Age of Awareness
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Age of Awareness

5 Tips To Build & Run A Sustainable Business

Photo by Boxed Water Is Better on Unsplash

“The greatest threat to our planet is the belief that someone else will save it” — Robert Swan

Unless you have been living under a rock, you know that climate change is real. It is probably one of the biggest challenges we face as individuals. The earth is suffering, and is crying for help.

We all need to dig deep and do everything it takes to turn things around, for a better future. Luckily, most businesses are realizing that the only innovation that truly matters in the modern marketplace is sustainability.

Did you know that sustainable business practices aren’t just right for the planet but can also do miracles for the reputation of your brand? Every little change can make a difference.

So, here are a few tips on how you can join the sustainability revolution and innovate to create a brighter future -

1. Reduce, Reuse & Recycle

I know, I know… sounds cliché, right?

Try your best to reduce the amount of waste you produce at office. We don’t need to be piling stuff up for the landfills, more than we already do. That paper you used to scribble on during the meeting? Try to use your laptop instead.

Another way we can handle this situation is trying to be creative and reusing the same items. Do you believe in using reusable packaging for your products? Does your office use LED lighting instead of flourescent tubes? These are good questions to ask. Wherever you can, try and get reusable alternatives to single-use products.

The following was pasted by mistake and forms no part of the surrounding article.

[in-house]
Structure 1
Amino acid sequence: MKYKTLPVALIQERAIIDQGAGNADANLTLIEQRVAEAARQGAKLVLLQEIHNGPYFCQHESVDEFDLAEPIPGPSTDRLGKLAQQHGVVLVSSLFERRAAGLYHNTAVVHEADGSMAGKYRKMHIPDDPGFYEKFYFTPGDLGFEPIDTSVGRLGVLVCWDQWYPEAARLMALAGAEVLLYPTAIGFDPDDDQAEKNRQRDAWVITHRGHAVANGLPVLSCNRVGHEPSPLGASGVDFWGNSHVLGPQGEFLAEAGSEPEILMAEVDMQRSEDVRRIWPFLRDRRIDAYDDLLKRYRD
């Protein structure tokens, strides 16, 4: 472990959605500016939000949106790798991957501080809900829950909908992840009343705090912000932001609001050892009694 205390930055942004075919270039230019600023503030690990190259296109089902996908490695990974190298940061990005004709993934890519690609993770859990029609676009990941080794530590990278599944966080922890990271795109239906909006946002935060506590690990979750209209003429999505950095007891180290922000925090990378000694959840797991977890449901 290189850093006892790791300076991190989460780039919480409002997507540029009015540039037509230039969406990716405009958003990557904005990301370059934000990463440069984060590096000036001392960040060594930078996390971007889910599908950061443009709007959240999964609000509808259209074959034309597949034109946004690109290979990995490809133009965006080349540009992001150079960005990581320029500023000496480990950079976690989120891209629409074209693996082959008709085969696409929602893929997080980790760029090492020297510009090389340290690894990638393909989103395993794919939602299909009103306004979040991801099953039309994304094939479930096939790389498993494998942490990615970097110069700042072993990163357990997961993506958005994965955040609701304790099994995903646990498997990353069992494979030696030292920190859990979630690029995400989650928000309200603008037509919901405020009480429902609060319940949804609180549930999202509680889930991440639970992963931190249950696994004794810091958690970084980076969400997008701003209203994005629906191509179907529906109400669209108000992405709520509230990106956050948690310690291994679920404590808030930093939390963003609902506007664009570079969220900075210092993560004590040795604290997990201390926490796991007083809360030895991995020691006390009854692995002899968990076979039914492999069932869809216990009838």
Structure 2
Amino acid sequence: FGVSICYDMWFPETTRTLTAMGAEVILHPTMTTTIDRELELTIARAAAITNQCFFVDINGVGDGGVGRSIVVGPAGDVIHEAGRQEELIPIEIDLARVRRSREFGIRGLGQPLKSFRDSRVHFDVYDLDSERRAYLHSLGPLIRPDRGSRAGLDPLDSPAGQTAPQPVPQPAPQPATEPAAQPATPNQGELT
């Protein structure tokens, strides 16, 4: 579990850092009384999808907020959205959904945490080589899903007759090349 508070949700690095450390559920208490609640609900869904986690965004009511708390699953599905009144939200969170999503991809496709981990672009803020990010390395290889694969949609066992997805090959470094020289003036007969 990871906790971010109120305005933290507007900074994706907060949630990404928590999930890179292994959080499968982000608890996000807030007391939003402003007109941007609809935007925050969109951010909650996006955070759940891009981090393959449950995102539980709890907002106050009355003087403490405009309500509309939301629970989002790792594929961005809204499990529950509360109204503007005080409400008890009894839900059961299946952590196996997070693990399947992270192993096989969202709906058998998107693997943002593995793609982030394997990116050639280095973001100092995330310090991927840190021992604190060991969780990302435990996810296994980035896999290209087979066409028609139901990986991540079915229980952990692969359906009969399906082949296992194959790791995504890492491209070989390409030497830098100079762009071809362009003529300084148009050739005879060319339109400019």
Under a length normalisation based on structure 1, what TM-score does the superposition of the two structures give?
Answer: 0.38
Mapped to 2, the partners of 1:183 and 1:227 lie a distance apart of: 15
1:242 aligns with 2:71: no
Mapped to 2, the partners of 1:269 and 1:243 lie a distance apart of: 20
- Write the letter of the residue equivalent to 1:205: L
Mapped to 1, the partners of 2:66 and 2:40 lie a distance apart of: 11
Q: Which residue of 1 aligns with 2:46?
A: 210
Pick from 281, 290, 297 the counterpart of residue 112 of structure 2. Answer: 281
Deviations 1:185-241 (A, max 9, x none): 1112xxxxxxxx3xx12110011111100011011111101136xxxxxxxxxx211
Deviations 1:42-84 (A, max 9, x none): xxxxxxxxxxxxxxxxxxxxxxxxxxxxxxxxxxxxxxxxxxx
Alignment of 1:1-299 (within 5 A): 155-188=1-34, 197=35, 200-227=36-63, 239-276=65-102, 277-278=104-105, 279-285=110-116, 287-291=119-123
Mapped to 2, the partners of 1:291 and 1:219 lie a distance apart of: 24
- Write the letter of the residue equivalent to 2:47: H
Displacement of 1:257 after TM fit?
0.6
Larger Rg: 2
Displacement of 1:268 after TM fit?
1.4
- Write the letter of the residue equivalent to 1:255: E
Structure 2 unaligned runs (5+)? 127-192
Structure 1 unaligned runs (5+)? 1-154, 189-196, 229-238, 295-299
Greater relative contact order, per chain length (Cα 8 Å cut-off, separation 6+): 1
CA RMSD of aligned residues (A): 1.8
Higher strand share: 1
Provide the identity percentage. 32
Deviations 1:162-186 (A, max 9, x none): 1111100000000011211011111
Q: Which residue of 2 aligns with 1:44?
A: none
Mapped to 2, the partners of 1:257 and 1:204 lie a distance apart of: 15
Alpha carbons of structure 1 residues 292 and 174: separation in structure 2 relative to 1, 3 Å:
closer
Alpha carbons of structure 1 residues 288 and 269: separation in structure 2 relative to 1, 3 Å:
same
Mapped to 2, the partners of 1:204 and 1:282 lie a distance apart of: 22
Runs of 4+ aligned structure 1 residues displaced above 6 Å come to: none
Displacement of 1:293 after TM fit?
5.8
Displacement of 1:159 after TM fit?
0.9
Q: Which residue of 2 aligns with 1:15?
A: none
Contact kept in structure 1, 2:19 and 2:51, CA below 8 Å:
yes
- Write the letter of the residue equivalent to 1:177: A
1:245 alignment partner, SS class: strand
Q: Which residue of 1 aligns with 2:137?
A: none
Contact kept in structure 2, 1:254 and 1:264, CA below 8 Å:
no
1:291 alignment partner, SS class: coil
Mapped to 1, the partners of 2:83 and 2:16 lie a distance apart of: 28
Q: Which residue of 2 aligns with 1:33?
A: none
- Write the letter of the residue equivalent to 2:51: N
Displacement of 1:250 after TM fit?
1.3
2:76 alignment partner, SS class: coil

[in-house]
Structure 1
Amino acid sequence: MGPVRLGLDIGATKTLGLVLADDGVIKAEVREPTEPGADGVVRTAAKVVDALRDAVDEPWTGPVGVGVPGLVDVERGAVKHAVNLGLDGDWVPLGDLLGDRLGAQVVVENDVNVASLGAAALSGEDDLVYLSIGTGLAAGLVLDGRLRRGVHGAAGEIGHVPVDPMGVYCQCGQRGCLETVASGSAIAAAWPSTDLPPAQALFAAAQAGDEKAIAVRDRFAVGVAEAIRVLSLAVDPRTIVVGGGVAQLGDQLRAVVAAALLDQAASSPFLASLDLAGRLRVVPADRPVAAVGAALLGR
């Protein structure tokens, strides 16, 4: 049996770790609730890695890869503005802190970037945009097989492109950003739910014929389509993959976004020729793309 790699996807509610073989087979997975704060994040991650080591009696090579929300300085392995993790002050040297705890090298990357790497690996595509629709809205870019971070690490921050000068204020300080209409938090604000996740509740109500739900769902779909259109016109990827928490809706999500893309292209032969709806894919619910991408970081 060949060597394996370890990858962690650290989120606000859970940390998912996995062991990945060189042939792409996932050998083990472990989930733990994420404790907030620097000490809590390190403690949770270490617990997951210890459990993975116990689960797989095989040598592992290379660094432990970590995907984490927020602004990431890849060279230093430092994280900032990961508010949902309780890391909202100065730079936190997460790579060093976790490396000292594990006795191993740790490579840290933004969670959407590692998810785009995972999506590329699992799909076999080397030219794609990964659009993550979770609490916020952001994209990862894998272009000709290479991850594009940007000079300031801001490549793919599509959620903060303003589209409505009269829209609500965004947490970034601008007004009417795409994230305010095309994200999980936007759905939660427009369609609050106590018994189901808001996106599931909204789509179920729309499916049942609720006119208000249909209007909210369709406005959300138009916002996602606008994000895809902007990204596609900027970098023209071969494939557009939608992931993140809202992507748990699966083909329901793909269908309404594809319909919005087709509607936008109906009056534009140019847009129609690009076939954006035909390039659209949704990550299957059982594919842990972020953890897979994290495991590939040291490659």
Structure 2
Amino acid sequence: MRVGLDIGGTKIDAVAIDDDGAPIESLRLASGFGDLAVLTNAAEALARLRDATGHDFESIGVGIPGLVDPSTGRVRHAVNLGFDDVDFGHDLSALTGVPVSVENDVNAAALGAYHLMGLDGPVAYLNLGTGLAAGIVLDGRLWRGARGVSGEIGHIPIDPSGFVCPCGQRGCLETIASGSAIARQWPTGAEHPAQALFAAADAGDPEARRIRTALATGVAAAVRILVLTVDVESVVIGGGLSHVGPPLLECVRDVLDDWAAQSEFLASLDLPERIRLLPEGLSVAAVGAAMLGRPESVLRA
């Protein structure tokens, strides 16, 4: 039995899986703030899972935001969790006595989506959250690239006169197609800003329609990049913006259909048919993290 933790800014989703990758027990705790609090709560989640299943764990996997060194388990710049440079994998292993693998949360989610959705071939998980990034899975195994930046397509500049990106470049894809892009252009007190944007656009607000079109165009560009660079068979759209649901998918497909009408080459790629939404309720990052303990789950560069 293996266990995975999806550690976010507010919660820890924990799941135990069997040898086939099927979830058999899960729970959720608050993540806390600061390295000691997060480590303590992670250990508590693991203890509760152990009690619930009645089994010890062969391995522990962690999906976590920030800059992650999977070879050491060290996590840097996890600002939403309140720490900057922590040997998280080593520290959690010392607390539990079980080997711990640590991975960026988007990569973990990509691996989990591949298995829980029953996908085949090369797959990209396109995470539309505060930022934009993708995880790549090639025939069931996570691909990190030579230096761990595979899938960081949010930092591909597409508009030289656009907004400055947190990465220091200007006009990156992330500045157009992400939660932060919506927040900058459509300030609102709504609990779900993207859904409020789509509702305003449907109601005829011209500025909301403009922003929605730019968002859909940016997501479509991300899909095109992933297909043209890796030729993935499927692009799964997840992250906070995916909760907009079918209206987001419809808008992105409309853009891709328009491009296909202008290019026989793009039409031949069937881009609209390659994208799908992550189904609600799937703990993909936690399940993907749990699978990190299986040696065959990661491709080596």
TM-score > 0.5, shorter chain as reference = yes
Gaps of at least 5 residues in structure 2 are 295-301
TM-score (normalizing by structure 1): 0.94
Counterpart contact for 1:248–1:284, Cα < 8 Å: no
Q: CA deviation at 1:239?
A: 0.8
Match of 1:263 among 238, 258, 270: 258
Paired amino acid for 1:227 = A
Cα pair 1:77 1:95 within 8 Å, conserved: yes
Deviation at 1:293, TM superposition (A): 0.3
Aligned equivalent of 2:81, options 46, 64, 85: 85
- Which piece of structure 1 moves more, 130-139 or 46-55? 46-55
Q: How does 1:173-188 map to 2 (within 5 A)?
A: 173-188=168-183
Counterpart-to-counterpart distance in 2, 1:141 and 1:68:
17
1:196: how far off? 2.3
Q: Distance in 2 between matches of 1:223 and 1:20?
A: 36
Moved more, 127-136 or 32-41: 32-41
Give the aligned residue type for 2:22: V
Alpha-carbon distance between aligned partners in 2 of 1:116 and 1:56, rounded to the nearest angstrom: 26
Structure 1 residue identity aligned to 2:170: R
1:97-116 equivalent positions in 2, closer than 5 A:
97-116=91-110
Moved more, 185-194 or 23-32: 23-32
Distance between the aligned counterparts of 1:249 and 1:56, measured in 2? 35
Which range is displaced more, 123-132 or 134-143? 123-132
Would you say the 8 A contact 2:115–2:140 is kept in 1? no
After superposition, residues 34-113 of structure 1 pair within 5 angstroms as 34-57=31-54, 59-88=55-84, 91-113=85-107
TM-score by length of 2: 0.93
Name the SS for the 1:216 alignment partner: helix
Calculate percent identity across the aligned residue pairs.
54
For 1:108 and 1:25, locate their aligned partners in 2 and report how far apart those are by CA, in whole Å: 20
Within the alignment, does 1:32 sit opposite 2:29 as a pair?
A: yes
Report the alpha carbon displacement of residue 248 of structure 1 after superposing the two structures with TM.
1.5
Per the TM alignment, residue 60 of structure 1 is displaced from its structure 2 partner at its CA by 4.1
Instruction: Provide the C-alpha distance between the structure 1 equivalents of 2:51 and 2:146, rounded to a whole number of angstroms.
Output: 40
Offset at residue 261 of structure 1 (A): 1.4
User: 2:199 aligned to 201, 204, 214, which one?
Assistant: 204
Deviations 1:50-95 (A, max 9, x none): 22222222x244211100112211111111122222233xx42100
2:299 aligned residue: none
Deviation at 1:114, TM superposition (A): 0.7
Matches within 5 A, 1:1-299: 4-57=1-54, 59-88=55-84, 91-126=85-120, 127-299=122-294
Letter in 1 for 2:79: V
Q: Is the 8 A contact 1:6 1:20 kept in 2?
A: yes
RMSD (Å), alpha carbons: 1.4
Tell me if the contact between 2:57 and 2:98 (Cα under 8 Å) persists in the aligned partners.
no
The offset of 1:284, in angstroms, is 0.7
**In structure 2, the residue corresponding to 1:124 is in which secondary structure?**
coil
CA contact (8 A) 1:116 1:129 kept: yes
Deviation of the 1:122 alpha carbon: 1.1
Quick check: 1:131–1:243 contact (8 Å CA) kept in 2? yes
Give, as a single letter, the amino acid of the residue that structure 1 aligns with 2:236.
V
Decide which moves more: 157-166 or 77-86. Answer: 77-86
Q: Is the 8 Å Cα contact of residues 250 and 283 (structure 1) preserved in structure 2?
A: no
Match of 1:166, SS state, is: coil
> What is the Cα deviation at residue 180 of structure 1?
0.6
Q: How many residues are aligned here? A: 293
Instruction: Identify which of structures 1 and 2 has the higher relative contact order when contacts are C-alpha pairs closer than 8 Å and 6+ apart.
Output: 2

Recycling is a must for any business. You need to ask yourself how your brand is promoting sustainability? What recyclable materials are being used in the manufacturing process of your product? It’s all food for thought, and with a little bit of planning, you can ensure your brand produces near zero waste. Recycle as much as you can. It is indeed that simple.

2. Ramp Up Your CSR Efforts

Every business now wants to boost their CSR efforts. But, what really is CSR?

Corporate social responsibility. Although an awful phrase, such a great idea. It is defined as your business’ way of giving back to the community in which it operates. There is a little bit of humour around this, which is like offsetting any damage your business might be doing to the community, by way of factory processes or final products.

As a business, here are a few examples of how you can incorporate CSR:

  • Source your resources as sustainably as possible. A few good examples here can be use recycled paper for your printers, and invest in a water cooler in your office instead of using plastic bottles.
  • Make sure you have a diverse workforce. Okay, not insinuating that you hire someone just for the sake of hiring diverse individuals. My point here is to hire someone for their skills, but don’t discount them based on race, gender, age, or disability.
  • Volunteer and raise money for charity. A great way to do this is by getting your whole staff involved. These fundraisers can be a great exercise for team-building and improving employee morale. A great thing is that it helps out charities in a huge way. Your team, by means of volunteering can have a huge impact on the lives of others.

3. Initiate Creative Loyalty Programs

In a marketer’s toolkit, loyalty programs have proven themselves to be one of the most effective strategy in building customer loyalty.

An interesting study shows that 84% of consumers say they stick with a brand that offers a competitive loyalty program. There is also a mention that the ability to earn rewards actually changes their spending behaviour.